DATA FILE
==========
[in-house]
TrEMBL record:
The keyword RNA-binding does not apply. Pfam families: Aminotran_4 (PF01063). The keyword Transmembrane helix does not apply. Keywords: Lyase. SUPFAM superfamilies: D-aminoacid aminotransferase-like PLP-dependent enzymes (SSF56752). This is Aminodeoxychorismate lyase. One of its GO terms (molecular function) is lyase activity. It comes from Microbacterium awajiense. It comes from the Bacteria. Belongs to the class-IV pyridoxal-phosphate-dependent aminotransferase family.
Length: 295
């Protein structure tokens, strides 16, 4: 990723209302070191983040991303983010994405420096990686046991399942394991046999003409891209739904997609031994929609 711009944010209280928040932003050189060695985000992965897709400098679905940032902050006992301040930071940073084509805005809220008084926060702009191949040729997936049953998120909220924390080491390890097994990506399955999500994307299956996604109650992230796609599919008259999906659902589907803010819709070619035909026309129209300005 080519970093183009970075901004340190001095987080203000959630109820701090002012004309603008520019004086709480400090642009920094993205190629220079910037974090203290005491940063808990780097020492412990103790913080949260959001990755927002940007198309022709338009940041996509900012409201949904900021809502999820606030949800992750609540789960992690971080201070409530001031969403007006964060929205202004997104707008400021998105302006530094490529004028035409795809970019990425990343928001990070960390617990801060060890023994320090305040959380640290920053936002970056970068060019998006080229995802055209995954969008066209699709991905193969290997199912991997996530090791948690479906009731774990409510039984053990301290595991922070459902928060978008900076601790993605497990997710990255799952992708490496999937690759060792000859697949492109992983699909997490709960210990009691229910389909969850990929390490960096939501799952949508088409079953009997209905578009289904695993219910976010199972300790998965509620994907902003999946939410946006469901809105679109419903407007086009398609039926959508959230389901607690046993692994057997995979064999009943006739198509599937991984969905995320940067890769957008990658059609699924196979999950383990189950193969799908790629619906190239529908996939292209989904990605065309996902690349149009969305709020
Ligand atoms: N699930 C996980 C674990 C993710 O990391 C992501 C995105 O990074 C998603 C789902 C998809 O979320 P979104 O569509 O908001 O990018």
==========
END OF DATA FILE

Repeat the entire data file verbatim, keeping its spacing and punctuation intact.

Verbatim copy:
[in-house]
TrEMBL record:
The keyword RNA-binding does not apply. Pfam families: Aminotran_4 (PF01063). The keyword Transmembrane helix does not apply. Keywords: Lyase. SUPFAM superfamilies: D-aminoacid aminotransferase-like PLP-dependent enzymes (SSF56752). This is Aminodeoxychorismate lyase. One of its GO terms (molecular function) is lyase activity. It comes from Microbacterium awajiense. It comes from the Bacteria. Belongs to the class-IV pyridoxal-phosphate-dependent aminotransferase family.
Length: 295
């Protein structure tokens, strides 16, 4: 990723209302070191983040991303983010994405420096990686046991399942394991046999003409891209739904997609031994929609 711009944010209280928040932003050189060695985000992965897709400098679905940032902050006992301040930071940073084509805005809220008084926060702009191949040729997936049953998120909220924390080491390890097994990506399955999500994307299956996604109650992230796609599919008259999906659902589907803010819709070619035909026309129209300005 080519970093183009970075901004340190001095987080203000959630109820701090002012004309603008520019004086709480400090642009920094993205190629220079910037974090203290005491940063808990780097020492412990103790913080949260959001990755927002940007198309022709338009940041996509900012409201949904900021809502999820606030949800992750609540789960992690971080201070409530001031969403007006964060929205202004997104707008400021998105302006530094490529004028035409795809970019990425990343928001990070960390617990801060060890023994320090305040959380640290920053936002970056970068060019998006080229995802055209995954969008066209699709991905193969290997199912991997996530090791948690479906009731774990409510039984053990301290595991922070459902928060978008900076601790993605497990997710990255799952992708490496999937690759060792000859697949492109992983699909997490709960210990009691229910389909969850990929390490960096939501799952949508088409079953009997209905578009289904695993219910976010199972300790998965509620994907902003999946939410946006469901809105679109419903407007086009398609039926959508959230389901607690046993692994057997995979064999009943006739198509599937991984969905995320940067890769957008990658059609699924196979999950383990189950193969799908790629619906190239529908996939292209989904990605065309996902690349149009969305709020
Ligand atoms: N699930 C996980 C674990 C993710 O990391 C992501 C995105 O990074 C998603 C789902 C998809 O979320 P979104 O569509 O908001 O990018």